In the 1990s, Colombia, the Dominican Republic, Ecuador, Costa Rica, and Brazil passed dual citizenship laws granting their expatriates the right to naturalize in the receiving country without losing their nationality of origin

Latin America granted dual nationality in the 1990s relaxing rules following US :

  • Colombia made this change in 1991 the
  • Dominican Republic, in 1994
  • Costa Rica and Ecuador, in 1995
  • Brazil in 1996.


In Switzerland, there is no restriction on multiple citizenship in Switzerland since 1 January 1992, according to Federal office of migration. An estimated 60% of Swiss nationals living abroad in 1998 were multiple citizens. A latest survey in 2019 indicated, 65% obtained through naturalization and only 35% by birth.

Swiss nationality law permits multiple citizenship, a Swiss national who also holds another country’s citizenship may be required to renounce a citizenship, if that foreign country’s nationality law forbids such multiple citizenship.


Turkey’s citizenship policies have been a response to the population movements to and from the country since the 1960s. Turkish nationality law has not taken a consistent approach to multiple citizenship since the Turkish

Nationality Act came into force in 1964. Sometimes a pro-dual citizenship approach was followed by the Turkey for the aliens who wanted to acquire Turkish citizenship, whereas an anti-dual citizenship approach was adopted for Turkish citizens who wanted to acquire the nationality of another state. Policies with regards to multiple citizenship for Turkish citizens changed in early 1980s in response to dual nationality demands coming from the Turkish migrant community living in the Western European Countries. The Turkish Nationality Act was amended to remove these obstacles on dual nationality for Turkish citizens in 1981.

Turkish law has encouraged dual citizenship since 1981 when the Turkish Nationality Act was amended for that purpose. As a result of the amendment, a Turkish citizen can request the nationality of another state without surrendering his or her Turkish citizenship (TVK Arts 21-22). The only condition for dual citizenship is to obtain permission of the Ministry of Interior (TVK Art 22 (3)).


In general, the citizenship of towns offered several kinds of benefits. Only citizens could hold municipal office and perhaps engage in lucrative urban trades. They enjoyed the privilege of being tried in a local court by their peers and were usually entitled to reduced taxes. Citizenship was commonly restricted to the propertied elite. Jean-Jacques Rousseau's Geneva, for example, was divided into an inner core of "citizens" and "bourgeois" who exercised full urban rights, and a wider tier of "inhabitants" and "natives," who had the right to live in the city but not to participate in the most profitable professions or hold municipal office.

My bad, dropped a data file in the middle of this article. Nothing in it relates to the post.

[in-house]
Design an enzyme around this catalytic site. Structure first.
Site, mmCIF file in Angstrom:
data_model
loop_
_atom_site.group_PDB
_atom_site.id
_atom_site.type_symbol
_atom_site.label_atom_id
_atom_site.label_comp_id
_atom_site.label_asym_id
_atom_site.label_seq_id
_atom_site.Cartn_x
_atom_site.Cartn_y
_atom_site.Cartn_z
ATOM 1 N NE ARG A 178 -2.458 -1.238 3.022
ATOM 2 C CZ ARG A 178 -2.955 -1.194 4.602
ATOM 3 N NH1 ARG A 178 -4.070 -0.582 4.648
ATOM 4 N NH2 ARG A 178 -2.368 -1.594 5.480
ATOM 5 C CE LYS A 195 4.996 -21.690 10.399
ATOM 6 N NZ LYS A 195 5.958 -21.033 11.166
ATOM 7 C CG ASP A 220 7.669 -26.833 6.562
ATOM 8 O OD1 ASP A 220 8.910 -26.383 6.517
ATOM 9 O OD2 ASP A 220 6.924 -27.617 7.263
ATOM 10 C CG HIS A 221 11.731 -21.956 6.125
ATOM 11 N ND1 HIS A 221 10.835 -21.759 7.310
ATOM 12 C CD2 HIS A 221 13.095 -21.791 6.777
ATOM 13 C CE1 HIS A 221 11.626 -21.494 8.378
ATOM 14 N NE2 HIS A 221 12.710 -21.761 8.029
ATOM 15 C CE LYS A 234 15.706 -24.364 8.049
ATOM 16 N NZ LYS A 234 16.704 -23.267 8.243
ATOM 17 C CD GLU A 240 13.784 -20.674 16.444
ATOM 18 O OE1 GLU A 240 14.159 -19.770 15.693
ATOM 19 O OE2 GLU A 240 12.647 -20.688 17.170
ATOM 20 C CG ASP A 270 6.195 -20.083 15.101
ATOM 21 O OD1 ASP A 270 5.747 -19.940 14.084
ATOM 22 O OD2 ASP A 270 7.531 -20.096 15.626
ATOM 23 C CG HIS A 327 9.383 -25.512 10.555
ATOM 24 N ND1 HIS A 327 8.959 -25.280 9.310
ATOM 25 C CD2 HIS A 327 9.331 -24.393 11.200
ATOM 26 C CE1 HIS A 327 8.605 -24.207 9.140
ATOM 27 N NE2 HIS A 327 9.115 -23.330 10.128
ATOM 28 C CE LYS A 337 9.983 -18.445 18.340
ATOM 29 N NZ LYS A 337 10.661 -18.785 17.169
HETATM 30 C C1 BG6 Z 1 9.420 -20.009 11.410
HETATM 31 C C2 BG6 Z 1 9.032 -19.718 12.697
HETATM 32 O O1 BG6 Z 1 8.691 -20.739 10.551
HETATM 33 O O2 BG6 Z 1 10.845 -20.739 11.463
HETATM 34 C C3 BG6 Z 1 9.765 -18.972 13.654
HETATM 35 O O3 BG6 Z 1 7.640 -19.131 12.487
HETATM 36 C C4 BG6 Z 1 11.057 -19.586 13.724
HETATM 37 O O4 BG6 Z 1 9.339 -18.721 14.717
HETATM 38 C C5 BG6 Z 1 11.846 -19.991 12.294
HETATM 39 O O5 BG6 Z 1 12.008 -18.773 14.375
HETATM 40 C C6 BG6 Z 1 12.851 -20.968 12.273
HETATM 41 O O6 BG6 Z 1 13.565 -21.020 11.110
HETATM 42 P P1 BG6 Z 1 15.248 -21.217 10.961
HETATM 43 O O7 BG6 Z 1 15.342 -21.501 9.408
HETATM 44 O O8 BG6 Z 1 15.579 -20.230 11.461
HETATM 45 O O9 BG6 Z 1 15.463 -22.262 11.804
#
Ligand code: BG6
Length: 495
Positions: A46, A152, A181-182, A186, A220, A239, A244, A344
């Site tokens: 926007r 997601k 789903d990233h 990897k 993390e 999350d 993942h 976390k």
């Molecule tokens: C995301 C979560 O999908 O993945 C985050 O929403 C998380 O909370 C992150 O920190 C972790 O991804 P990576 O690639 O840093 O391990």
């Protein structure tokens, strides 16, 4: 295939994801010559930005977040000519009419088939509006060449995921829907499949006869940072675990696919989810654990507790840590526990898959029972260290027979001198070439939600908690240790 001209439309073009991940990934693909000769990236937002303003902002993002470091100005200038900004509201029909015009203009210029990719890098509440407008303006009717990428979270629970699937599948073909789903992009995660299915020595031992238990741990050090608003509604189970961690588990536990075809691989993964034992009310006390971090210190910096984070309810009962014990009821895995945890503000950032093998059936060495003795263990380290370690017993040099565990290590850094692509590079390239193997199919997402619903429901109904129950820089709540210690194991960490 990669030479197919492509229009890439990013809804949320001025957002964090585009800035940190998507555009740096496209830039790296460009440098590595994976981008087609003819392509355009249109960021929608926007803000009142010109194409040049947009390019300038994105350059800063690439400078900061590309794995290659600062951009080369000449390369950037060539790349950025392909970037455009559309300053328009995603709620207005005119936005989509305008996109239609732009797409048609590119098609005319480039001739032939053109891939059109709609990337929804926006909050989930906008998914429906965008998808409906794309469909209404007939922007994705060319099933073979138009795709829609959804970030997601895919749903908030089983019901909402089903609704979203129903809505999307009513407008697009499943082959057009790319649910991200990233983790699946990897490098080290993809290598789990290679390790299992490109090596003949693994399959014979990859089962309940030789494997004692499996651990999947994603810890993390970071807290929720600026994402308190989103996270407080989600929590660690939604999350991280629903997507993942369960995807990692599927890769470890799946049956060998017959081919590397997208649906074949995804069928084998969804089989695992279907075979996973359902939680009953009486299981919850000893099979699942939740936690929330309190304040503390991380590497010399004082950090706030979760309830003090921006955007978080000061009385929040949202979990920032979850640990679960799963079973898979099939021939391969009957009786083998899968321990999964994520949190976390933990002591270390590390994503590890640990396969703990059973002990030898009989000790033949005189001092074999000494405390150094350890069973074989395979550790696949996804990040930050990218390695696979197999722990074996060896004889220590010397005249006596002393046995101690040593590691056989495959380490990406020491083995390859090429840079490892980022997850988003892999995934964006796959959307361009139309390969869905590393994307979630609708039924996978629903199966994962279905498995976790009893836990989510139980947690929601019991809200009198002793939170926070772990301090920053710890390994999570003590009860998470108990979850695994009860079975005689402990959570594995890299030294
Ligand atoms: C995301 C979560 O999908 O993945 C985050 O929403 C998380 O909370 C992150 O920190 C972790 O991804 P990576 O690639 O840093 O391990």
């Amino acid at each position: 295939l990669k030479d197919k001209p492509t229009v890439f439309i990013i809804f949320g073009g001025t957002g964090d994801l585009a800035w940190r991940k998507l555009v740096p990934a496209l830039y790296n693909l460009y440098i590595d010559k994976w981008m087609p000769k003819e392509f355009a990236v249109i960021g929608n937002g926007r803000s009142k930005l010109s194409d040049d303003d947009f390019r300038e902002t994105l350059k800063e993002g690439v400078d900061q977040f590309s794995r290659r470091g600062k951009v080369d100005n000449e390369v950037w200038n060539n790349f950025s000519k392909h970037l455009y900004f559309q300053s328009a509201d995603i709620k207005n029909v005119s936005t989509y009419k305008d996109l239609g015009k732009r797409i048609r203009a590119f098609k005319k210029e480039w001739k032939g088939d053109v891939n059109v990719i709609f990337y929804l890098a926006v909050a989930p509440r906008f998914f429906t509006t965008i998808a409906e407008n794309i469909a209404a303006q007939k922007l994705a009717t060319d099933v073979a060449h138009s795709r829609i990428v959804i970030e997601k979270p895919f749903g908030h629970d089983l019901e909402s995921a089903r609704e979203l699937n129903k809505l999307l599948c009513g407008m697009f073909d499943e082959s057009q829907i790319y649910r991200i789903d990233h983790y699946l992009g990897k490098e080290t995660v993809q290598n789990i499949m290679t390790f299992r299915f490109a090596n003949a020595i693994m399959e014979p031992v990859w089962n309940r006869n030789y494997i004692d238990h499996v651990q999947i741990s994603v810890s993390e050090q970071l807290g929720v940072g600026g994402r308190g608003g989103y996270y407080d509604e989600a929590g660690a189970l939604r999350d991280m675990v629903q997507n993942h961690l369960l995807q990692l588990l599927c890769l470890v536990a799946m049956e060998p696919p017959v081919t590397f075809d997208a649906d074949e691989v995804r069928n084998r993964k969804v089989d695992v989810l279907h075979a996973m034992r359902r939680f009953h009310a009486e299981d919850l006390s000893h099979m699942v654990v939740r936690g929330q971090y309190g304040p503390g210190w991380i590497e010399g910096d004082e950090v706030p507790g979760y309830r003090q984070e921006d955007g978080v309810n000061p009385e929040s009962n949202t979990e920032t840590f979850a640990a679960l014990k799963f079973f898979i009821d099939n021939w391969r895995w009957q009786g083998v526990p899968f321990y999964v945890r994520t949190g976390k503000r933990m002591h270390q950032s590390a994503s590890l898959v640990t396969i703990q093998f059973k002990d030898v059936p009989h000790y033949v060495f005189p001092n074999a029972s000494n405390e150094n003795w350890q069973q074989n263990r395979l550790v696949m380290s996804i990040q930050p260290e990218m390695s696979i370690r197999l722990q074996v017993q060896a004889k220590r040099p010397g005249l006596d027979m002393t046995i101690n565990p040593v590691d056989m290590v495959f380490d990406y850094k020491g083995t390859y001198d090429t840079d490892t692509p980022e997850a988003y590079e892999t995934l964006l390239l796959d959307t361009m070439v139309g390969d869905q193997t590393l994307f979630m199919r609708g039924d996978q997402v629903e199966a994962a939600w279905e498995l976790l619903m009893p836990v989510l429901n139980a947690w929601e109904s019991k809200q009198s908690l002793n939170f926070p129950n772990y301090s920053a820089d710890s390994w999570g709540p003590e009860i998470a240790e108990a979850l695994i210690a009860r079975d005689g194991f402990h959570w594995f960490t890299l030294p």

The actual type and worth of rights conferred by urban citizenship varied by town. In Zurich and London citizenship was not prerequisite for access to the guilds. In fact, guild membership could be a way to acquire citizenship. In sixteenth-century Antwerp, it was not uncommon for members of the city council to register for citizenship just before taking office. In some cases, acquisition of citizenship was turned into a routine commercial transaction. In theory, the laws of sixteenth-century Bologna made it difficult for naturalized citizens to hold municipal office. In reality, citizens selected for office frequently designated a substitute to fill the post, a practice that amounted to a form of office selling. Nonetheless, urban citizenship might offer important advantages to its members. Citizens of Antwerp (poorters), for example, could not be arrested without cause and were exempt from torture. This was of little concern until the 1540s when the number of registrations for citizenship in Antwerp suddenly jumped. At that time, the town council began to use Antwerp's citizenship rights to protect persecuted Protestants.

Citizenship entailed responsibilities as well as rights. Citizens might be required to serve in the urban militia and to pay local taxes supporting the cost of communal self-government and fortifications. The status of citizen was usually inherited, but it could also be acquired by foreigners. Usually, naturalization required establishing a residence within the city for an extended period of time, paying specified taxes, and taking on other obligations of urban membership. Frequently, citizenship was associated with social and moral qualities. Many central European cities refused citizenship to adulterers and bastards.

Citizenship first became the object of more systematic theoretical reflection in self-governing Italian city-states during the early Renaissance. The recovery of Aristotle and other classical authors, combined with the struggle of Italian city-states to assert their independence from emperors and foreign invaders, stimulated thinkers to clarify the basis of political community. One important strand drew on the work of Bartolus of Sassoferato and his pupil, Baldus de Ubaldis, the most influential jurists working in the Roman law tradition. They provided the first philosophical foundation for viewing the city-state as a fully independent, self-governing corporation of citizens.